Fox Farm easement set for commission decision on Dec. 5
On Dec. 5, City Commissioners will once again discuss zoning at the Fox Farm intersection.
Several business property owners at that intersection, including Billings Holdings, had requested that the area be rezoned to C-2 General Commercial to provide greater flexibility for development in the area and it would be a zoning that fits what’s already there.
Billings Holdings is Town Pump’s parent company and proposing to build a 90-room hotel at that intersection.
Due to numerous complaints from neighbors and citizens about the rezone, particularly related to traffic and the potential for additional casinos, the City Commission requested that Planned Unit Development be considered to allow the city to include some prohibitions on certain uses, specifically casinos, and address traffic safety concerns.
PUDs allow the city to add restrictions that can’t be done in a straight zoning change. One on the conditions of the PUD approval was that the hotel developer get an easement from the owners of the Chinese restaurant to allow for a secondary access point to the proposed hotel site.
That easement has not been acquired and the hotel developers are now going back through the city process to request that the condition be removed from the PUD approval.
The access in question is off Alder Drive between the Dairy Queen and Chinese restaurant.
The developer hasn’t been able to acquire the easement and have requested that the city amend the PUD to drop the easement requirement since without it, the city cannot issue any building permits under the current PUD.
Staff are recommending that the easement requirement stand.
During their Oct. 24 meeting, the Planning Advisory Board voted to recommend that the City Commission remove the easement requirement.
In staff’s opinion, the easement was a key part in mitigating traffic, city planning director Craig Raymond told commissioners.
During the first reading of the change at the Nov. 7 commission meeting, Jeni Dodd told commissioners that they should follow staff’s advice because they’re professionals trained in planning and development.
“Their recommendation should hold quite a bit of weight, I would think,” Dodd said.
No one else spoke regarding the Fox Farm rezone during the Nov. 7 meeting.
The planning board voted 8-1 to recommend removal of the easement requirement because they had originally voted in January to approve the project and the easement wasn’t a condition; the board found that there was no study that says requiring the easement would not be injurious to the traffic issue on Alder Drive and Fox Farm Road; the board found no evidence to suggest that having three approaches into this hotel is insufficient; the board had no evidence, other than the two traffic studies, that says that the number of trips generated by this hotel does not impact the Morrison Maierle traffic study.; the findings of fact were in place at the time the Board approved it and those findings were not been refuted by the testimony of the city staff; the city has not proved that there is a need for a fourth entrance to this project.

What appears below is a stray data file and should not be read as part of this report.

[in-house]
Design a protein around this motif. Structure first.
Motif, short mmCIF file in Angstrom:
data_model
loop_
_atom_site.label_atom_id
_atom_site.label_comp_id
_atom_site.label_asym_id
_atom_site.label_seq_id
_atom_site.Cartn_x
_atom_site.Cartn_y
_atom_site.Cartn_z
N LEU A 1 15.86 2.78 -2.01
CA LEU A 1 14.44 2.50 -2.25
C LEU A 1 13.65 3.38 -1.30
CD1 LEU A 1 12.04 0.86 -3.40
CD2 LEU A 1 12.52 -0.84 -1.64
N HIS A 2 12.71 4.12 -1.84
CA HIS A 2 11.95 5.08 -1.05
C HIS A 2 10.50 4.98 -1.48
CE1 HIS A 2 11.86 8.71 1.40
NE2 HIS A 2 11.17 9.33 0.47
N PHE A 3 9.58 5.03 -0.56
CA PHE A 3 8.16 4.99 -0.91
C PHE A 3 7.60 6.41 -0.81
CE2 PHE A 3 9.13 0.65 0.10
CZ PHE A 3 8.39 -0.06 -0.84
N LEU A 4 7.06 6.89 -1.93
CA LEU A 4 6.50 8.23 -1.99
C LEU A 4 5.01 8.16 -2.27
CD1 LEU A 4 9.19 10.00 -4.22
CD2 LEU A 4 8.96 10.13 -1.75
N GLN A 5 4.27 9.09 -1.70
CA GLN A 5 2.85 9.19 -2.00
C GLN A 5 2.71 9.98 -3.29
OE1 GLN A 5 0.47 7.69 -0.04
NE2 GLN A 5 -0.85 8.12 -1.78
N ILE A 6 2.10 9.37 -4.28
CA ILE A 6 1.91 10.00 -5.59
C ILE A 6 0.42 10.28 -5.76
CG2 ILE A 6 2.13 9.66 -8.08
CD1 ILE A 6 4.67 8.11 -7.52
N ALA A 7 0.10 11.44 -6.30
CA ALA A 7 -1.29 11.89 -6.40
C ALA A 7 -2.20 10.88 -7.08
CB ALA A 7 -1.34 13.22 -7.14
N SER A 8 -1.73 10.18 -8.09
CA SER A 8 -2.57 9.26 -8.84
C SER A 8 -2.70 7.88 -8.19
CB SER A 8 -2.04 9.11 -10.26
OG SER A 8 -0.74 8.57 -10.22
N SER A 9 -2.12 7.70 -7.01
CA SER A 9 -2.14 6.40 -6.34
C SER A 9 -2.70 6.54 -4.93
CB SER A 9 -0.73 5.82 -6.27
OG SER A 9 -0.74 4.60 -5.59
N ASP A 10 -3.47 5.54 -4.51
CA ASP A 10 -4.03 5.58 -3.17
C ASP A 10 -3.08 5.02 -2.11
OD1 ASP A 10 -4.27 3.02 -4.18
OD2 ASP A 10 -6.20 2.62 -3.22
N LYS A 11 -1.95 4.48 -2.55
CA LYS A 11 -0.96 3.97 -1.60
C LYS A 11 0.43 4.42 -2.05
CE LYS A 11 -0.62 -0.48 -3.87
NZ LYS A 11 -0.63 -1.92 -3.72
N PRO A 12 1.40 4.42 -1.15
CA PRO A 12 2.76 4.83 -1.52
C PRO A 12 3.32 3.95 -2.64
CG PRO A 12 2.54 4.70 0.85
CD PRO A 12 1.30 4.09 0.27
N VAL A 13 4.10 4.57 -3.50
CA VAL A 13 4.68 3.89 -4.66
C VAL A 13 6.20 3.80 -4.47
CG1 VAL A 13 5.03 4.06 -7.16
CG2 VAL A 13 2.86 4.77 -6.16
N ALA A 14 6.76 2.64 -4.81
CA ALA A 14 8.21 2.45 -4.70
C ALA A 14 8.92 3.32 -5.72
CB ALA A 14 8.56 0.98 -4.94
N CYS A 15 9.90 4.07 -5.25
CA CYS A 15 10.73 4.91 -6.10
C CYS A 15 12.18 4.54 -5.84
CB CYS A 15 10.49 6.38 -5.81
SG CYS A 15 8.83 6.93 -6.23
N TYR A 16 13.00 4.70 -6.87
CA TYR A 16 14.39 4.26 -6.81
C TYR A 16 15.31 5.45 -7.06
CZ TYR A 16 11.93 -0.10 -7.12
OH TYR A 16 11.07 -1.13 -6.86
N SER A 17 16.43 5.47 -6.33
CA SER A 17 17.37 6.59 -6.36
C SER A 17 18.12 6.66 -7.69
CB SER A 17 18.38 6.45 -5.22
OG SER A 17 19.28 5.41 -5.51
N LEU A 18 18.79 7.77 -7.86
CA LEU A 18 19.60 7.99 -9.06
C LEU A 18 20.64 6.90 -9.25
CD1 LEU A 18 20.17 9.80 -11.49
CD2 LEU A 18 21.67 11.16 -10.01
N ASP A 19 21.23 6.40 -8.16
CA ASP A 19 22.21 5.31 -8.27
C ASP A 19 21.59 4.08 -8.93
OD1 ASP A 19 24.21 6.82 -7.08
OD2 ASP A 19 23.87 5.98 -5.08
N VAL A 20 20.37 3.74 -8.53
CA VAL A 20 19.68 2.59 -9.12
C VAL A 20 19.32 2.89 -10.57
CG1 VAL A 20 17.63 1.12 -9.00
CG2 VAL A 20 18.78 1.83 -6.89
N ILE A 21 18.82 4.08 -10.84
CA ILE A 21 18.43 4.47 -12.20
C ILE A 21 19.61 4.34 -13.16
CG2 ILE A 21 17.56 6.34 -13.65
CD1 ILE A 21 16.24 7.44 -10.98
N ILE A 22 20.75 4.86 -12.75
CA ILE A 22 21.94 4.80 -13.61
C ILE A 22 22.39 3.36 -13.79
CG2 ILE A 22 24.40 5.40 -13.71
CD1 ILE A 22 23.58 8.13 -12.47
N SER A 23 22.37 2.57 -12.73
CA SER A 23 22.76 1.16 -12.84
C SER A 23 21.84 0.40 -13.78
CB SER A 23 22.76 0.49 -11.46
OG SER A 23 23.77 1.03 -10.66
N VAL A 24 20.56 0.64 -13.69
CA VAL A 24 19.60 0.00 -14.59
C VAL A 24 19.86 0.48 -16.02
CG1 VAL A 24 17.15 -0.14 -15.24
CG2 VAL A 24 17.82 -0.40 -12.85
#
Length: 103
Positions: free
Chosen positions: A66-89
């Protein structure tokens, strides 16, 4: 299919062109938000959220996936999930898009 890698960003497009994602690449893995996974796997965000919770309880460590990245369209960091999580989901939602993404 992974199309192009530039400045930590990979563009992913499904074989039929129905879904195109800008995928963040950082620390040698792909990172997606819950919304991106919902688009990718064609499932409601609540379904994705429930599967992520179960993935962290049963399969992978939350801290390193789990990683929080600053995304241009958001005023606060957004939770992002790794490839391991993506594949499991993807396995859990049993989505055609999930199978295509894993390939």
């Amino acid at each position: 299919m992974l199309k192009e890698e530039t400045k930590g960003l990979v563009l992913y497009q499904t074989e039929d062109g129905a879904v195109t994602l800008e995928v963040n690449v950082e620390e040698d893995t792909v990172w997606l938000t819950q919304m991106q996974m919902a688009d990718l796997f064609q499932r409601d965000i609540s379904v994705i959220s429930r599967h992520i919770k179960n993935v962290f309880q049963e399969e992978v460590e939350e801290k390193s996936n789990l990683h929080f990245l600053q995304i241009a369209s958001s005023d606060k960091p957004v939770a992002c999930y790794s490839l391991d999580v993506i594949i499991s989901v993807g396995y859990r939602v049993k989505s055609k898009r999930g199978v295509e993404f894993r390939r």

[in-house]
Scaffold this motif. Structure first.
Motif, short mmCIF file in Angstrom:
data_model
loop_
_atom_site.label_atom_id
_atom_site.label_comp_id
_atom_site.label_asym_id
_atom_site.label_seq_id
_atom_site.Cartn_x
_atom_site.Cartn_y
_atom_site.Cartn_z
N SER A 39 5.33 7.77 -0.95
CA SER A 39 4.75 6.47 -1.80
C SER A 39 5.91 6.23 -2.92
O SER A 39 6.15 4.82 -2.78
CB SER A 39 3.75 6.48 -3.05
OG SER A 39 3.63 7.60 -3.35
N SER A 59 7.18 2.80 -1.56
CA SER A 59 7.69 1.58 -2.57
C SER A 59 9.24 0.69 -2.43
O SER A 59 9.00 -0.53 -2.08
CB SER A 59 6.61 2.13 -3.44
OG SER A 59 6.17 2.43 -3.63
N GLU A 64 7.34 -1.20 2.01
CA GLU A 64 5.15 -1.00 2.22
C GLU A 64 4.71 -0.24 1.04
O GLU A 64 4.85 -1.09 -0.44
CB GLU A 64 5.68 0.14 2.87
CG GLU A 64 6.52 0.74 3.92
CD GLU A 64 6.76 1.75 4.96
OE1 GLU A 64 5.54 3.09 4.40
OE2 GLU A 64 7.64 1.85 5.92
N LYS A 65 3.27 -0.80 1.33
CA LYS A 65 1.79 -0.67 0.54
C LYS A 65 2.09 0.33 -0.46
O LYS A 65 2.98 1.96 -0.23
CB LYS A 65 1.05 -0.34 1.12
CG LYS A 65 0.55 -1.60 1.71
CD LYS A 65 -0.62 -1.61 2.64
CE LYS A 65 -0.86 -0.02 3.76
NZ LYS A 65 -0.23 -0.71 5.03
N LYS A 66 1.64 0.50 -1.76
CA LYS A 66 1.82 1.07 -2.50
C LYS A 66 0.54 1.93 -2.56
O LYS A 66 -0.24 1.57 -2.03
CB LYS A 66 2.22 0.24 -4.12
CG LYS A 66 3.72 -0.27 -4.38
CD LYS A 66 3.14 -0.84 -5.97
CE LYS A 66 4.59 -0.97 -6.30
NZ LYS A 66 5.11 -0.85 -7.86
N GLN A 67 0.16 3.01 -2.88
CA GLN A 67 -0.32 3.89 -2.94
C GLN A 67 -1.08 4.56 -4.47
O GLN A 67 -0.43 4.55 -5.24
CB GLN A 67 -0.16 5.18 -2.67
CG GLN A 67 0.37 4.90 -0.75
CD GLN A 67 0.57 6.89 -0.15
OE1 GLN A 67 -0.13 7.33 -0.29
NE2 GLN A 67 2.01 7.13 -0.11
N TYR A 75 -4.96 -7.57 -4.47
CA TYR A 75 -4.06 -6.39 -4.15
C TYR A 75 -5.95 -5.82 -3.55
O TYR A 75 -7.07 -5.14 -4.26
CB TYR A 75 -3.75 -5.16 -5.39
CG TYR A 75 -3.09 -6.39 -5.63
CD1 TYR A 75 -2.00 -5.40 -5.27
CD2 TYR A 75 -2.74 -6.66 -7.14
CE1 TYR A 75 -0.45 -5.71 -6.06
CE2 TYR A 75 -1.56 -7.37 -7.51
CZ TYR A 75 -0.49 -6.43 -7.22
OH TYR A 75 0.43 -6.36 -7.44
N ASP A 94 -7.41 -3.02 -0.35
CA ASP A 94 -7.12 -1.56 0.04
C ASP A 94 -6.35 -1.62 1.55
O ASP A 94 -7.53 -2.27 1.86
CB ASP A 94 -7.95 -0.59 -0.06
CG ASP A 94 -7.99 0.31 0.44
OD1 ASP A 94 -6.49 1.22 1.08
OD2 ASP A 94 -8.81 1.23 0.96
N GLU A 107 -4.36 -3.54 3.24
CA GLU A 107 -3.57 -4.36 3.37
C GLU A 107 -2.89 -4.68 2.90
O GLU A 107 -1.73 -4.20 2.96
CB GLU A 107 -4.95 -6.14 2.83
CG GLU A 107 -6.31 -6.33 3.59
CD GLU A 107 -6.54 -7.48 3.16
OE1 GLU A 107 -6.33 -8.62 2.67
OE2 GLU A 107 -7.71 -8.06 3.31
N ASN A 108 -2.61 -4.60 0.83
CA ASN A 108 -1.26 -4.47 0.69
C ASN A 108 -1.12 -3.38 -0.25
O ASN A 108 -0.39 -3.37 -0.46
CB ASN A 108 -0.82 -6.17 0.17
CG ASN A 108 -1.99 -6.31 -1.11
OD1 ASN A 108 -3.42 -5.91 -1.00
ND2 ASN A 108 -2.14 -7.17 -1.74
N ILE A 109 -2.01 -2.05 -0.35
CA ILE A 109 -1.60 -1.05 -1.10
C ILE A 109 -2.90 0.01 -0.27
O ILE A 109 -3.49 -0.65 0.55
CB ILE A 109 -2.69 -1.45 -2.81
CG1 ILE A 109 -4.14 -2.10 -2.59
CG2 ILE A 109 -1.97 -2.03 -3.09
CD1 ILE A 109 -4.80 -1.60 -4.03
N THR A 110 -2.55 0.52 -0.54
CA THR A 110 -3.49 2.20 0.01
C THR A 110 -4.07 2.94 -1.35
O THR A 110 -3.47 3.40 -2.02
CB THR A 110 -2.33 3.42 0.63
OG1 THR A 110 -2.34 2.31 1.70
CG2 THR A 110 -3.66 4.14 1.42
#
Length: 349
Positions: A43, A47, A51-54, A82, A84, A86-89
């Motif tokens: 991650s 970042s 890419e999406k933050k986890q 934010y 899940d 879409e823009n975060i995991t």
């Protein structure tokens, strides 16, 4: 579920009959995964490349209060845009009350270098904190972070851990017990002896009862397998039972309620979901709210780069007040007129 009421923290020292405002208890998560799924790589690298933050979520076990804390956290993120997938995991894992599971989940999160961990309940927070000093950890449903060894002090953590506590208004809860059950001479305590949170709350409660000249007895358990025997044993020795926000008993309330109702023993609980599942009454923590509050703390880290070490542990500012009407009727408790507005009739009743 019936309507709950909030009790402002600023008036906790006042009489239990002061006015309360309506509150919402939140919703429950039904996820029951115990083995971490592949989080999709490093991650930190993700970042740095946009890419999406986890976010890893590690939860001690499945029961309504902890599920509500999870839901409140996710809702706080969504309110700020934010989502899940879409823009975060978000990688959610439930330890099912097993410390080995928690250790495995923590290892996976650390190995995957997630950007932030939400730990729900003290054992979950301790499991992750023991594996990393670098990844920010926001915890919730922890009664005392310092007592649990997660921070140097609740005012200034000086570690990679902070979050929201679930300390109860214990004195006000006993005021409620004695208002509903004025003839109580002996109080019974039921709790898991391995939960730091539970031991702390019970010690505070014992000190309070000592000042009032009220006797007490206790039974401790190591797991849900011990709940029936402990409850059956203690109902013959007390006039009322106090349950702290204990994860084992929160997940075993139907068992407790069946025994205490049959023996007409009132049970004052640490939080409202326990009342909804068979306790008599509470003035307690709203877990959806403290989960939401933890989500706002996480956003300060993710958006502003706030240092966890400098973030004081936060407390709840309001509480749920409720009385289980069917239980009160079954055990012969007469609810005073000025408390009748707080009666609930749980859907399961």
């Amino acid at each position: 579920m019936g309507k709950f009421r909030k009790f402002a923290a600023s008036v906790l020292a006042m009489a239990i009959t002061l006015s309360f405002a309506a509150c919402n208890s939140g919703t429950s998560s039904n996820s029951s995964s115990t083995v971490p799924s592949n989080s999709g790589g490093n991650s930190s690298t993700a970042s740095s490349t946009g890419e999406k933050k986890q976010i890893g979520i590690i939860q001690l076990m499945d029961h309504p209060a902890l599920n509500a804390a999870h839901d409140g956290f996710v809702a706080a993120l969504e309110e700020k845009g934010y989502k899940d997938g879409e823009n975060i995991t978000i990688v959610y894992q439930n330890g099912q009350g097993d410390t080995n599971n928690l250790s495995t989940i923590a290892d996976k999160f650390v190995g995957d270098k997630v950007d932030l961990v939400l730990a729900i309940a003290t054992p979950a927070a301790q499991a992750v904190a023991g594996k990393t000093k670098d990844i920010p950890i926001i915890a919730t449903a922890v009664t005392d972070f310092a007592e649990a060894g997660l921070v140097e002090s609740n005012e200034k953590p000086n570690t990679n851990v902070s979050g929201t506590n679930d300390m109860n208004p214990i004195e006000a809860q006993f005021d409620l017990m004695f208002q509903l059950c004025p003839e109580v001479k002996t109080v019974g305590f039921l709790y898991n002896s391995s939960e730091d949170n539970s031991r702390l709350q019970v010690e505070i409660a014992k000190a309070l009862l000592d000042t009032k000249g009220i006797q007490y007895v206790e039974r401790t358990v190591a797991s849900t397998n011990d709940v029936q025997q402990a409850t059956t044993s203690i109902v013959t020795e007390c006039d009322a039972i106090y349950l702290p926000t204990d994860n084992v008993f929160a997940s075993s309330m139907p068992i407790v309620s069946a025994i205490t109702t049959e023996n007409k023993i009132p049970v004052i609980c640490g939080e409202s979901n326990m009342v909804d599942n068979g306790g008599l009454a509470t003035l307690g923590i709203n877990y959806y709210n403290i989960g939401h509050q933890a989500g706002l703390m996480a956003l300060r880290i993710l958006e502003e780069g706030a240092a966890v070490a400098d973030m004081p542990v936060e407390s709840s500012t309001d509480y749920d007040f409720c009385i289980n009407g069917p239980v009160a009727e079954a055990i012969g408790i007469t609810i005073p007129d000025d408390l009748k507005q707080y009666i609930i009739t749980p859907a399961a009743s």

On Dec. 5, city staff will again recommend that the easement requirement remain. They said during the planning board meeting that the requirement was known to the application and not contested, “nor did the applicant qualify its acceptance of the condition with language that purchase price of the easement be reasonable, according to the staff report.
Staff contends the easement is important to provide another option for access to the hotel property and improve traffic safety in the area.
A traffic impact study was prepared by Morrison Maierle and submitted to the Montana Department of Transportation, which accepted the study. The study was also submitted as part of the PUD revision. The study found that the hotel will have a small impact on traffic in the area. Staff pointed out that the study also noted that the intersection already has a level of service rating ranging from C to E. Level of Service D is acceptable for street intersections, but if the rating falls, and it’s already an E on two-northbound approach lanes, the intersection could need additional work to reduce congestion.
Staff also has concerned with future growth in the area and the potential to lose the access from Alder Drive should the current or future owners of the Chinese restaurant block the access. The property is currently for sale.